TWDB Mobile 0.2 is GO!

I figure about half my readers are of the age group that will immediately recognize the obscure 60’s TV show reference I just made in the title of the post. I can be fairly sure of that because Google Analytics tells me that’s the percentage of my readers who are roughly within my generation, age-wise. Google tells me all sorts of vaguely interesting things and sometimes some very specifically interesting things such as the fact that towards the end of April, they’ll be modifying their search algorithms to quite heavily reward those websites that are specifically designed for mobile browsers with greater rankings in searches conducted on smartphones and tablets.

Admittedly, I tend to resist sweeping change in technology, (which is what the switch in main consumption of the web from Desktop browsers to Mobile browsers really is), but the straw has been placed and the writing is on the wall: little-bitty screens of indeterminate resolution that require navigation be in the form of big-fat, thumb-pressable buttons is the FUTURE and the NOW. This cat better hop on the train ‘afore it clears the platform, baby, and this cat ain’t anything if he ain’t agile – despite his love of obsolete tech.

Thus TWDB Mobile 0.1 got pooped out in a day, but it had problems stemming from certain “feature” of the jQuery Mobile framework. Namely, jQM intercepts HREFs in your markup and ajaxifies them *and* for some reason url_decodes the URI before sending it to the webserver. This “feature” renders url_encoded search terms in your URI *useless* because the whole point of url_encoding the URI is to keep the webserver from choking on special characters like “#”, “/” and “?” that are programmatically meaningful to the webserver’s URI parser. Gah, this meant that every model that had any of those characters in the “model name” field were just broken. There doesn’t seem to be any way around it except to do something ugly like base64_encode the search term so at least I’m sure there can’t be any URI-illegal characters in it and it can still be parsed back to the original term with base64_decode on the server side, but dayum – that results in URIs that aren’t even remotely human-readable or meaningful for SEO. ):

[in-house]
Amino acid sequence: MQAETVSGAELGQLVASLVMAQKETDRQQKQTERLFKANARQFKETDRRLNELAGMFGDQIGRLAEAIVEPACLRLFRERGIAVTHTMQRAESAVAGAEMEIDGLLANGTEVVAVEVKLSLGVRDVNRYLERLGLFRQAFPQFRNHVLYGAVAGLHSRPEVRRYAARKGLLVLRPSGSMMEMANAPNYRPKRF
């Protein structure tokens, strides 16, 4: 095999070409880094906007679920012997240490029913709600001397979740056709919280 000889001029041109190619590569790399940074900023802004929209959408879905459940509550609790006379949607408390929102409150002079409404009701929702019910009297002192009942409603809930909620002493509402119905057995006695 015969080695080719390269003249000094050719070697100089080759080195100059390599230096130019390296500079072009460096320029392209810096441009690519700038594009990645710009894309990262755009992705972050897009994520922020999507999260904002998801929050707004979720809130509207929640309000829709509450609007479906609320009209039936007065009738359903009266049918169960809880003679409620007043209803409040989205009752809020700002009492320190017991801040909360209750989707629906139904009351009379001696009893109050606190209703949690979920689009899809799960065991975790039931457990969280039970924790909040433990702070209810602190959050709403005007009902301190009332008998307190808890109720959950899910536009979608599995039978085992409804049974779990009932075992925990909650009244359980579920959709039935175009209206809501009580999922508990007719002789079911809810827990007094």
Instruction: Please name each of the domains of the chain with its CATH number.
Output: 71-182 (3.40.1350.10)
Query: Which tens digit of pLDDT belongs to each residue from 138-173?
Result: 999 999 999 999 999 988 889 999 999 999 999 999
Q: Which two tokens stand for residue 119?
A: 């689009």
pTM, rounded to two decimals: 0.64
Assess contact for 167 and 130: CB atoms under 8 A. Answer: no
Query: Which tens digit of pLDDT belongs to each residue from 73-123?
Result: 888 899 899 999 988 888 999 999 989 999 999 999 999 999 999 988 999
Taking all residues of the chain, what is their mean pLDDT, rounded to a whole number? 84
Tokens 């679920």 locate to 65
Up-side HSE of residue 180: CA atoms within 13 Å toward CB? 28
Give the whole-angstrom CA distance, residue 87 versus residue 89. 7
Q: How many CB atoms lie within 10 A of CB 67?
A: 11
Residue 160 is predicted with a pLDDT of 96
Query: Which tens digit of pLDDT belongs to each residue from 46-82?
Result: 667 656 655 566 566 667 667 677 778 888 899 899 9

twdb02-1But I did it (and for anyone desperately searching for the cause and solution for this particular issue with jQuery Mobile, see above), so the 0.2 edition of TWDB Mobile is now relatively bug-free. I also added some color to the layout. And then I implemented some server-side browser sniffing to automagically re-route mobile browsers to the mobile site.

TWDB, now Googlebot-approved for mobile-friendliness!
TWDB, now Googlebot-approved for mobile-friendliness!

I realize that this means users on mobile browsers can’t log in anymore to use the “Typewriter Hunter” features, but those are coming soon to the Mobile site, so have patience and use a desktop browser to do Hunter stuff for the time being. (:

Underwoods as far as the eye can see!